Dick Bond OC, O.Ont., FRS, FRSC, grew up in Toronto, graduating from the University of Toronto in 1973. He received his PhD from Caltech, became a lecturer at Berkeley, then a faculty member at Stanford. In 1985 he returned to the UofT as a founding faculty member in the Canadian Institute for Theoretical Astrophysics (CITA) and a Fellow of the Cosmology and Gravity Program (C&G) of the Canadian Institute for Advanced Research (CIFAR). He was awarded the title of University Professor in 2000. He served two terms as director of CITA (1996-2006) and three terms as C&G director (2002-17) and is currently a Senior Fellow in the CIFAR C&G successor program Gravity and the Extreme Universe. Bond has played a leading role in developing Canadian cosmology into its current vibrant state, and for making CITA a sought-after destination for over 180 post-PhD scientists, most in distinguished national and international faculty positions. In recognition of his national efforts, he became an Officer in the Order of Canada in 2005, was inducted into the Order of Ontario in 2008 and awarded The Queen Elizabeth II Diamond Jubilee Medal in 2012.
His theoretical work ranges from the ultra-early to the ultra-late universe, with influential works on the nature and behaviour of dark matter and energy, on inflation in the early and late universe, on the “cosmic web” paradigm for the dynamics of structure formation from random density fields and the “gastrophysical” distribution and state of gas in the Universe that this engenders. He is best known for developing the theory and analysis of cosmic microwave background radiation fluctuations into a high precision tool for exploring the cosmos, applying the ideas as team member to a large fraction of all CMB experiments, including Boomerang, CBI, Acbar, ACTPol, Spider, and the satellite Planck for which he is a co-I and Canadian PI; and with much more to come in CMB and Large Scale Structure. "The world-wide push to solve the big questions about the universe has given me the joy of collaborating over the decades with a very large band of friends, in Toronto, in Canada, in the US and Europe, really great experimentalists and theorists all." says Bond.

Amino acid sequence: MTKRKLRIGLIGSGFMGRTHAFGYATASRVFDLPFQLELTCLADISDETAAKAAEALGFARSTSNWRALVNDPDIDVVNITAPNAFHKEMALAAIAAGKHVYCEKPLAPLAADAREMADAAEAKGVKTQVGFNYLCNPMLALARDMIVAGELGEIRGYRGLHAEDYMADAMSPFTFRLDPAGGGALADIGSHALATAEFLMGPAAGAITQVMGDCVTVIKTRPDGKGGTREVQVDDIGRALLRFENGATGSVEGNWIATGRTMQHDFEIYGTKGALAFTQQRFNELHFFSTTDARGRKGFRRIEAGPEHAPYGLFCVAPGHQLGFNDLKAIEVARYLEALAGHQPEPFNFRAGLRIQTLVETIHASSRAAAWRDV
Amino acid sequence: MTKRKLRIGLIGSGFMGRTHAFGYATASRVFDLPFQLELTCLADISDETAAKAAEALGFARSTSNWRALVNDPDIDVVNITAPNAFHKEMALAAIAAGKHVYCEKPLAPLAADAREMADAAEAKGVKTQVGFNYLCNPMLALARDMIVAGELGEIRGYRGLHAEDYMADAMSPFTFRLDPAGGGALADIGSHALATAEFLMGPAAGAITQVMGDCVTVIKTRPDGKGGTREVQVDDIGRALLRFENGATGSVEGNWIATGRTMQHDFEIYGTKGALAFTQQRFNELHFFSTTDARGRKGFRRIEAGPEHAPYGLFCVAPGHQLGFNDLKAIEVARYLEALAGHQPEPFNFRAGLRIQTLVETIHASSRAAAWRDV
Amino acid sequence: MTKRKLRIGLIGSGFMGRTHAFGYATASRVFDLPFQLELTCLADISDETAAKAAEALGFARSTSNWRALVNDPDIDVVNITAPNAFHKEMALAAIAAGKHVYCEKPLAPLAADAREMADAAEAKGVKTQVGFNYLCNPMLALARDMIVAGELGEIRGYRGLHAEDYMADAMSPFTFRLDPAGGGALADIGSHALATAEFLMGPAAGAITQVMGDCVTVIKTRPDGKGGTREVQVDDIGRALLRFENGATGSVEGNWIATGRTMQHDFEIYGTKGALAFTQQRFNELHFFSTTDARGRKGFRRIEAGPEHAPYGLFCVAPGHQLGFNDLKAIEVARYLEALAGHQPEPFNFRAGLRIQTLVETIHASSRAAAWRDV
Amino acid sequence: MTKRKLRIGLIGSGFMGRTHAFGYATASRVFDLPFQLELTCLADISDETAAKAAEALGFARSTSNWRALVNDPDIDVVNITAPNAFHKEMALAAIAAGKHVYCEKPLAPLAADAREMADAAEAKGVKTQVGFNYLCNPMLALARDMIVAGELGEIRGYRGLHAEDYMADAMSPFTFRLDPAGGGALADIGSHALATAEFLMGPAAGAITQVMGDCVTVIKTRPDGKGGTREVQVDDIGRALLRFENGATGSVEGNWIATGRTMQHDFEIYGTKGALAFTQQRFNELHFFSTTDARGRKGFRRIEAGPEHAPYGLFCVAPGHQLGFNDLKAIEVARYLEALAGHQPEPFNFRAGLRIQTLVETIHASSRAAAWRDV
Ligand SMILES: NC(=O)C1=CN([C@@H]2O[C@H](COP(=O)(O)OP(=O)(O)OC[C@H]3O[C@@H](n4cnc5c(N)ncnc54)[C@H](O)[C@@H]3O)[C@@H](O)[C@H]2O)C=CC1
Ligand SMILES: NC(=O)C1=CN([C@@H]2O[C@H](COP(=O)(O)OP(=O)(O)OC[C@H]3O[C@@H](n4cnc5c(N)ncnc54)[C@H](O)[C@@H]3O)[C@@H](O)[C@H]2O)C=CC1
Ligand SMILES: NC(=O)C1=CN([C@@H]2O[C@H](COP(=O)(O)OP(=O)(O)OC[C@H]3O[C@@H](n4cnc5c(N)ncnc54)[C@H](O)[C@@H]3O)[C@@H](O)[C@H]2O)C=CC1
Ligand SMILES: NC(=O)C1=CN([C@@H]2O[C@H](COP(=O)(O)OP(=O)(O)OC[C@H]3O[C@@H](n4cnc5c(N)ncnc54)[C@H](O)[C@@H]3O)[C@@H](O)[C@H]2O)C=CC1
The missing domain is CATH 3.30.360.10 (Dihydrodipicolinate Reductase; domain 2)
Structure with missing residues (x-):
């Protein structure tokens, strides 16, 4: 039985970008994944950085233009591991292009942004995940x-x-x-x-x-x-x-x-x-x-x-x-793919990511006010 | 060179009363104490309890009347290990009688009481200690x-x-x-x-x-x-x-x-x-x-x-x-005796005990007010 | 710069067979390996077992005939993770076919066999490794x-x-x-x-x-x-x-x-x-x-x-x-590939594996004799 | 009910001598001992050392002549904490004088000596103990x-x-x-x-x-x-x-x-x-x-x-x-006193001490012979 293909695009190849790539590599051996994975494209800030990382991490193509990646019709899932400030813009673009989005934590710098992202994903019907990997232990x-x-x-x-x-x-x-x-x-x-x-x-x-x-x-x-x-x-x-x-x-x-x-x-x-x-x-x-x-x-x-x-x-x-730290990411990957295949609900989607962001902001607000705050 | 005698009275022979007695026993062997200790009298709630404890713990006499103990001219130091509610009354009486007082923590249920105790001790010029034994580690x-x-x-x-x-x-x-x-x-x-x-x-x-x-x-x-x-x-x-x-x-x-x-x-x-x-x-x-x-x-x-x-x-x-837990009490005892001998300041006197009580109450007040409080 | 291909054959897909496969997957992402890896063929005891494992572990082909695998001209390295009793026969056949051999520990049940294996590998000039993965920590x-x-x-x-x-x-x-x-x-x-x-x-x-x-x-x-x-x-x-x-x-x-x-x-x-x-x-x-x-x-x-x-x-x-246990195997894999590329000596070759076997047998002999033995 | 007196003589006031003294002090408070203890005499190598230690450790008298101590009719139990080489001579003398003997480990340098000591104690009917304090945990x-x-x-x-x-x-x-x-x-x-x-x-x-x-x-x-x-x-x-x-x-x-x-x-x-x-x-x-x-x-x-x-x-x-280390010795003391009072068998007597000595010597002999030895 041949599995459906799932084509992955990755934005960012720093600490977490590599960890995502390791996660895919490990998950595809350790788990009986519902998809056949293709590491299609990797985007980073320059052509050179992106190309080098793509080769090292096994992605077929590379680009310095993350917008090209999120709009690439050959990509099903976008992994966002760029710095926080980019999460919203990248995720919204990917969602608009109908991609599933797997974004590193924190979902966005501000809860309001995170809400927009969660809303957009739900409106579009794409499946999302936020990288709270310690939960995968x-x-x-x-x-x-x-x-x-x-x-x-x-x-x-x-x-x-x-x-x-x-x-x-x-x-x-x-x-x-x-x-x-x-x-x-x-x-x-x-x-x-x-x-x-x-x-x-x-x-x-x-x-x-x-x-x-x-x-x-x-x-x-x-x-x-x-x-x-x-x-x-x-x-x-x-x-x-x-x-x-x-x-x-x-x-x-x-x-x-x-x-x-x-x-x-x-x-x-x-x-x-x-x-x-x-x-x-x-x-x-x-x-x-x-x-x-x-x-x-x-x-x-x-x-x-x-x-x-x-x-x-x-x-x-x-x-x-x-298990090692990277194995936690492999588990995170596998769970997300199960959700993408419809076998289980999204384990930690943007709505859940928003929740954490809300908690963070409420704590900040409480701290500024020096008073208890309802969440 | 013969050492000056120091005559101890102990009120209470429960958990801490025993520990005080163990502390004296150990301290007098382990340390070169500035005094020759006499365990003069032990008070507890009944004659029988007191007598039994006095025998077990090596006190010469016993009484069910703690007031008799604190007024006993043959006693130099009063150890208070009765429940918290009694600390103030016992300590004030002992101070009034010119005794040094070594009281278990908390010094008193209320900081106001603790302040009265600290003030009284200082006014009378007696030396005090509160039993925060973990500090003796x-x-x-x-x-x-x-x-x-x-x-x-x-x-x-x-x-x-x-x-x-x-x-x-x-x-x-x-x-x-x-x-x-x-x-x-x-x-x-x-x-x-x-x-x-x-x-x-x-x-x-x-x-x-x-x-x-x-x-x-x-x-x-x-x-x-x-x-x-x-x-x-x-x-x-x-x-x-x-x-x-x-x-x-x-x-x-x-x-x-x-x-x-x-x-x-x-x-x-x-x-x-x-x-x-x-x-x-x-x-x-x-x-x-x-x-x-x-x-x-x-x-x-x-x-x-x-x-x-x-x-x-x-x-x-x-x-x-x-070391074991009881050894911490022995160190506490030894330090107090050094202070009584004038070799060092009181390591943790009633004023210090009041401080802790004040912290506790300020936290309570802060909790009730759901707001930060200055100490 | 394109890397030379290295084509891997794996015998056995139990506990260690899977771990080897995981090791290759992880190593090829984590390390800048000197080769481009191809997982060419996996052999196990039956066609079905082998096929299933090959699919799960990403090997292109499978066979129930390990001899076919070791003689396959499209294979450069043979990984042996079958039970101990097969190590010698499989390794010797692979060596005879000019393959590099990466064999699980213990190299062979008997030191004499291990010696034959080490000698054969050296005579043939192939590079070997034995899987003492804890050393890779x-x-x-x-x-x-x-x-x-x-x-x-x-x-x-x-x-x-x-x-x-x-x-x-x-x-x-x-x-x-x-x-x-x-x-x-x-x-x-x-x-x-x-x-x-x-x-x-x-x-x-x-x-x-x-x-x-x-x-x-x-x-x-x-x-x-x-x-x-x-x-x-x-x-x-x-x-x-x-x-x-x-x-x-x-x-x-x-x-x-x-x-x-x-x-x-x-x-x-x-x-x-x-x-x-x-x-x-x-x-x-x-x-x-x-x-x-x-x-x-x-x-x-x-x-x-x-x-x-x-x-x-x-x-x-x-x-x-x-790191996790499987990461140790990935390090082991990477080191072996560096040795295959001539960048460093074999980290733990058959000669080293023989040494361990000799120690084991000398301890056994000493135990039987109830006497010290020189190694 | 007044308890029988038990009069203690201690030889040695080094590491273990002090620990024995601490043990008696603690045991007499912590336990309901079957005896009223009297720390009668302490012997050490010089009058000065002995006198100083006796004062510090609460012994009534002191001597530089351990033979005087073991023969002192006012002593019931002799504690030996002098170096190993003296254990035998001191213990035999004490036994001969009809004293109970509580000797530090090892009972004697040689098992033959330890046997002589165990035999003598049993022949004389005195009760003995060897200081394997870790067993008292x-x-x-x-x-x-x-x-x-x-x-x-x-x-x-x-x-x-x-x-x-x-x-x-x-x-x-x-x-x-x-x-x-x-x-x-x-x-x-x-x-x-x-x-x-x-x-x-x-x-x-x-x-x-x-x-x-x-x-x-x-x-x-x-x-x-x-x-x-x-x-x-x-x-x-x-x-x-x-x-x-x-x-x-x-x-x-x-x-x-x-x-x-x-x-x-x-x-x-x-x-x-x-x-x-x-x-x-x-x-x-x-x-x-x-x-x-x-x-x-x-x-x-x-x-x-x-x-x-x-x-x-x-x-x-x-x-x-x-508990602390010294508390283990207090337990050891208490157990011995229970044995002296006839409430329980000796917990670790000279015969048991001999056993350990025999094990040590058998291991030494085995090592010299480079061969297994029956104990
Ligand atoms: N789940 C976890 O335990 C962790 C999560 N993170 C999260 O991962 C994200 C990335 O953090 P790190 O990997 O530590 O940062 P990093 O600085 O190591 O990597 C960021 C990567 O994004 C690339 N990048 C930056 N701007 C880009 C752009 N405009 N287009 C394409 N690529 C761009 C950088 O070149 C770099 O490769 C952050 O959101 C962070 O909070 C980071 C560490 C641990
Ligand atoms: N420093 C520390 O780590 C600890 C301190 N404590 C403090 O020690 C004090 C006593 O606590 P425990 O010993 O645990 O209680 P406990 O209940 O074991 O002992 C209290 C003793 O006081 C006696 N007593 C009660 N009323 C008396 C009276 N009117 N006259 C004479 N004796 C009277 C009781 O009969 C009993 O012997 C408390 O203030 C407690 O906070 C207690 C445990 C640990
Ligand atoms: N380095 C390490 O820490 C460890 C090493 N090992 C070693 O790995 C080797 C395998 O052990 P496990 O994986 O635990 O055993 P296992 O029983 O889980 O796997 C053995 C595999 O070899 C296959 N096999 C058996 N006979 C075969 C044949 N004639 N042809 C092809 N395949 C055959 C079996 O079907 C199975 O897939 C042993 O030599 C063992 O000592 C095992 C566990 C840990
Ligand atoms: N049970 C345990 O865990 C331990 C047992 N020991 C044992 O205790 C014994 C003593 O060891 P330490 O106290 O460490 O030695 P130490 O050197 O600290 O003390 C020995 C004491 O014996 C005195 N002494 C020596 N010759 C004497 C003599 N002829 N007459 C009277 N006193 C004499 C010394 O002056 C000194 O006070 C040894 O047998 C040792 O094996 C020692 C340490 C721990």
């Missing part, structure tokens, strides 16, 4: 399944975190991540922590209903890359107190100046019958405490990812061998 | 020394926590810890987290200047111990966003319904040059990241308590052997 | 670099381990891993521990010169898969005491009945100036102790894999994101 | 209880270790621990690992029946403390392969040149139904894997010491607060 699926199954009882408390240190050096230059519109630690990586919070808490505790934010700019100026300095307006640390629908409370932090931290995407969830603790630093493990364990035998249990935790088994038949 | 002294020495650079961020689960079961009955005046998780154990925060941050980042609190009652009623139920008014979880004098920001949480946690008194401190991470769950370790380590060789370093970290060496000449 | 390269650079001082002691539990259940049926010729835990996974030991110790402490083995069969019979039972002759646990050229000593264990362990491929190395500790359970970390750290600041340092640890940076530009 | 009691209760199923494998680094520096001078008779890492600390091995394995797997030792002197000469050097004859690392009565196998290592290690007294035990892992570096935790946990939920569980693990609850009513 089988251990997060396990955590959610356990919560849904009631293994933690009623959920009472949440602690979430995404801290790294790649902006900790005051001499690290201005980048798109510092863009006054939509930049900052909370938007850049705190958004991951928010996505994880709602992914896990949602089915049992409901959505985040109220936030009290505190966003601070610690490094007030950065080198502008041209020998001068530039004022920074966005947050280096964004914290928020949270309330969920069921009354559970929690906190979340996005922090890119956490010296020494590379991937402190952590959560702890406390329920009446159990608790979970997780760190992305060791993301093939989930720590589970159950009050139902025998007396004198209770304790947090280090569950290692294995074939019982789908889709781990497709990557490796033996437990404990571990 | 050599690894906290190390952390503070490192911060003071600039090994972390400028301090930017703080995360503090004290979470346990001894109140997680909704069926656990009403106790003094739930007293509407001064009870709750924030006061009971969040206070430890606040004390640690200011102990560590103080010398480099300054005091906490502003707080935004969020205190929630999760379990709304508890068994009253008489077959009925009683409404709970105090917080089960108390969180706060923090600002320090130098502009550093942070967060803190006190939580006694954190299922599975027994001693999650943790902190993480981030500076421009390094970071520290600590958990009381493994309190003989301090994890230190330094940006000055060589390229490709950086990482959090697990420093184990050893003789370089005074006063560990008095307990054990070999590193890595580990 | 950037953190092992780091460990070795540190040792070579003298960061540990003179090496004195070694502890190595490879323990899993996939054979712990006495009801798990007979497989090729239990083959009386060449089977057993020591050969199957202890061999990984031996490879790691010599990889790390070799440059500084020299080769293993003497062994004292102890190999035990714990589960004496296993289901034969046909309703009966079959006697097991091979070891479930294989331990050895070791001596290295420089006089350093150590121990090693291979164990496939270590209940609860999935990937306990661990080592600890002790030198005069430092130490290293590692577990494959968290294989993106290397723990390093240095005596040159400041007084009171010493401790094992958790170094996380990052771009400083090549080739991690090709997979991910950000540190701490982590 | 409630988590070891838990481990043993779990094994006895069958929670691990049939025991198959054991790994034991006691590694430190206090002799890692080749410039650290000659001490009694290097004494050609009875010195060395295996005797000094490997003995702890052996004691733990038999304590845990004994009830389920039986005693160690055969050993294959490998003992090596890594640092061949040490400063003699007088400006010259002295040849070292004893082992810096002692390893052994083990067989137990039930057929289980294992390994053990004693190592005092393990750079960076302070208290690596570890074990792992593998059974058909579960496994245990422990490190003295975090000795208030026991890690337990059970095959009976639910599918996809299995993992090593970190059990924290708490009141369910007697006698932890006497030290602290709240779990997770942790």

Over nearly four decades he has played a major role in the theoretical and experimental emergence of the SMc, the Standard Model of Cosmology, but his focus continues to be what lies Beyond the SMc: BSMc physics. Much of the cosmic lexicon originates with Bond, including cold, warm, hot dark matter, cosmic web, gastrophysics, forecasting future experiments, primary and secondary CMB anisotropies. For his work Bond has been honoured with almost all major Canadian awards, including the top five for career achievement: the 1995 Beals Prize of the Canadian Astronomical Society, the 2006 Herzberg Gold Medal for Science and Engineering, the 2007 Killam Prize in the Natural Sciences, the 2009 Tory Medal of the Canadian Royal Society and the 2010 Canadian Association of Physicists Medal for Lifetime Achievement. His international awards include the 2002 Dannie Heineman Prize of the American Astronomical Society and the 2008 Gruber Laureate in Cosmology.